Looking for the best national parks for paddleboarding? Want to SUP (stand-up paddleboard) your way around the country? These six destinations and paddleboarding tips for travel will have you floating and paddling with ease. The versatility of stand-up-paddleboarding makes it the perfect activity for your next national park trip. Whether you prefer flat-water lakes, gentle rivers, or rhythmic ocean waves, the national parks system has a variety of water options. Paddleboarding can be relaxing or demanding, depending on where you go. Spend a mellow afternoon basking in the sun, or squeeze in a morning workout on the water. You’ll just need to find the perfect location first – and we’ve got you covered.
The Best National Parks for Paddleboarding
The best national parks for paddleboarding may surprise you. You might not have even known some of these were national parks! Our list of paddleboard-able parks will have you itching for the weekend. Figure out what parks to hit, and use our itineraries to help plan your trip. All you need is your board. And a paddle. Those tend to help.
Jasper National Park
Picture a calm excursion over glassy blue waters, the majestic Canadian Rockies rising behind you. If you’re looking for a tranquil paddleboarding experience, Jasper National Park might be one of your best bets. Lake Edith’s calm waters are a great spot to try out paddleboard yoga! Be sure to properly clean your paddleboard before entering the water to help reduce the spread of whirling disease. This is a good practice anywhere you bring your paddleboard, especially from one body of water to another.
Yellowstone National Park
America’s first national park is first-rate when it comes to paddleboarding opportunities. Spend the day wandering among Yellowstone’s hot springs and geysers and then cool off with a trip over one of its serene lakes or rivers. You can choose your own pace with the variety of water types. Jenny Lake has epic views of the Tetons, while some of the lesser known rivers will have ample fishing opportunities. Ever fly fished from a paddleboard? That will really test your balance.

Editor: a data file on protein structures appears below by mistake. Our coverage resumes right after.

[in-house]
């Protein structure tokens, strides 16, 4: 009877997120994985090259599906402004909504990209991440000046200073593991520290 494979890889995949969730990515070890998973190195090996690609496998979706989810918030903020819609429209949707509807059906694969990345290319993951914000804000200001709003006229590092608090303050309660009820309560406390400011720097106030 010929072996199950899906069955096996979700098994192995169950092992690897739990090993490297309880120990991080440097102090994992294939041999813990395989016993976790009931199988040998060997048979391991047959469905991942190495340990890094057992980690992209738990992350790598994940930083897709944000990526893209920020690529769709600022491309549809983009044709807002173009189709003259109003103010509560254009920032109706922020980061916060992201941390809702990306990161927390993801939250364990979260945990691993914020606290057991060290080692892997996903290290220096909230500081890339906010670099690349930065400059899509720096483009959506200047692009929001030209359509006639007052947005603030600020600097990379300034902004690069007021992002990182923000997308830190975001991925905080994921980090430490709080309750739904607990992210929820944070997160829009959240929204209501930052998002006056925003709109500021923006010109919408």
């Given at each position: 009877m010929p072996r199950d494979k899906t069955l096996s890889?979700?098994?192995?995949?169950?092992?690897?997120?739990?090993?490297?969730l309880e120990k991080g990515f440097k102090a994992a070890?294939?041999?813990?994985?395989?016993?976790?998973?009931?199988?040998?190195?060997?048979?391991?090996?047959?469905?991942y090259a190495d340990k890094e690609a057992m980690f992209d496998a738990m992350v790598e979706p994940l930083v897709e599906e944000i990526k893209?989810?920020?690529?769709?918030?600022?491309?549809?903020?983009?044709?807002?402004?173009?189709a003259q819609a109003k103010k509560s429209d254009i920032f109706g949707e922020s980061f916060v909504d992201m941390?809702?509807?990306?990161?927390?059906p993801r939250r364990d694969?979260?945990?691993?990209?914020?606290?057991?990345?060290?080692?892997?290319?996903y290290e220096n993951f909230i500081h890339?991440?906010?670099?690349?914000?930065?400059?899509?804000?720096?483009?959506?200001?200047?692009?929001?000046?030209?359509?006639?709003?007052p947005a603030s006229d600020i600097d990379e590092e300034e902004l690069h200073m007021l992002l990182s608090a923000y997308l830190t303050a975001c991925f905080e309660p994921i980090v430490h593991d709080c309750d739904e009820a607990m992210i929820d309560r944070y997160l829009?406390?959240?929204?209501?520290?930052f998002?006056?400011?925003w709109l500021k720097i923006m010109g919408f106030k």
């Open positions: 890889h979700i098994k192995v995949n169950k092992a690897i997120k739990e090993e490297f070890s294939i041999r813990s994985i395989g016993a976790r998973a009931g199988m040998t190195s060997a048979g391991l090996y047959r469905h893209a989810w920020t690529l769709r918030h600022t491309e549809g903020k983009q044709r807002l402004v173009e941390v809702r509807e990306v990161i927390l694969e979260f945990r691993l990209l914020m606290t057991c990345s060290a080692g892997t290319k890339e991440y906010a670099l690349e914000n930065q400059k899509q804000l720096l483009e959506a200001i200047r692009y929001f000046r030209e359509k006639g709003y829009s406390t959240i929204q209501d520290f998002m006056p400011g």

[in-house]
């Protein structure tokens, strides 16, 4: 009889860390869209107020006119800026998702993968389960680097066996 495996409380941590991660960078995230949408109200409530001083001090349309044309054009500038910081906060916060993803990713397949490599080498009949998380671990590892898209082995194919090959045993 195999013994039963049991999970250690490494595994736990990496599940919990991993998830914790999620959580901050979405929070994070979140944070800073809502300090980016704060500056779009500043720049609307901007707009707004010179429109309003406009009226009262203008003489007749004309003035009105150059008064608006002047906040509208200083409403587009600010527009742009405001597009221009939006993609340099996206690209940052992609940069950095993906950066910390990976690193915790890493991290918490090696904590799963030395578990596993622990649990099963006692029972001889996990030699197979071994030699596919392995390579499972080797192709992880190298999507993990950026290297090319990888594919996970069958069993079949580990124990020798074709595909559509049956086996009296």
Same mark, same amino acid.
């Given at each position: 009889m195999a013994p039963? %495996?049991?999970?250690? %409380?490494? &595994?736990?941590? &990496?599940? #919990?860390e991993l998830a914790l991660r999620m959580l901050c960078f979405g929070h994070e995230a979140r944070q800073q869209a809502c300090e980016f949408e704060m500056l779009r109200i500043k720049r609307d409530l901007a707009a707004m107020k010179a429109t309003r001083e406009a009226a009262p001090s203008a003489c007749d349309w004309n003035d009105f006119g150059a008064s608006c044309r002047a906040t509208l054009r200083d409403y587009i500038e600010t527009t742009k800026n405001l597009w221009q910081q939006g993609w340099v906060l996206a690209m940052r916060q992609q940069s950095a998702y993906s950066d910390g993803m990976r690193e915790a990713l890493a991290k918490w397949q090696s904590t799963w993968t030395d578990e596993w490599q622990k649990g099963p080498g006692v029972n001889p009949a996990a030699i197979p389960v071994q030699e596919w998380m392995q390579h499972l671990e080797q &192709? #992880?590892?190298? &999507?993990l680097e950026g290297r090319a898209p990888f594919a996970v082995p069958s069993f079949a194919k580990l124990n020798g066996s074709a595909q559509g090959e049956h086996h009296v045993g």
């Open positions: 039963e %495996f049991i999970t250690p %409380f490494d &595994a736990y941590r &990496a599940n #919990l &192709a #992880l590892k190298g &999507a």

Virgin Islands National Park
Photo by Wadé
If you prefer your paddleboarding paired with tropical destinations, this park is the one for you. Turquoise bays and lush greenery accompany your adventures here, making it an irresistible choice for novices and experts alike. If you prefer to do your paddleboarding without lots of layers, this tropical paradise will be just your speed.
Acadia National Park
Photo by Keith Luke
Welcome the sunrise where it first greets the United States each day with a variety of paddleboarding excursions. The only location for this activity in Eastern Maine, Acadia, that offers group and private lessons. Additionally, you can even take a yoga class on your board! The water is chilly in Maine (even in the summer!) so be sure to pack lots of layers for your paddleboarding excursion.
Olympic National Park
Olympic’s glacier-carved Lake Crescent and Lake Quinault offer prime locations for stand-up paddleboarding trips. Paddle in the shadow of towering Mount Storm King and cruise among the pines in the calm waters of Lake Quinault. Most of all, enjoy the sunshine and peaceful surroundings. This is one of our favorite spots for marine wildlife spottings too! Whales, dolphins, sea lions, seals, and sea otters all call the Pacific Northwest’s coastline home. Please be respectful of wildlife and keep your distance!
Glacier National Park
Countless glaciers over thousands of years have carved out some magnificent places to paddle. So, grab your adventurous spirit and your travel companions for a day of fun in this impressive playground! Quartz, Bowman, and Kintla Lakes all provide excellent paddleboarding, and impressive views to boot. SUP it up good here, and then enjoy a huckleberry bear claw, a regional delicacy.
Paddleboarding with Kids
Are you planning your next national park vacation with family in tow? Stand up paddleboarding is a great way to get your kids outside, especially if some of them are a little more nervous about swimming. Be sure to fit your kids for the right sized paddleboard, saving you and them a lot of headache in the future. Map out a route of where you’re heading, and pick a meet-up spot in case anyone gets lost. Pack a lifejacket for every kid (lifejacket regulations depend on your location, so be sure to do your research). Snacks, suntan lotion, and a good attitude are a must!
Are you curious about what other kinds of outdoor activities you should include on your national park trip? Try rock climbing, boating, hiking, or even spelunking! Our national parks are your oyster. Now get out there and paddle!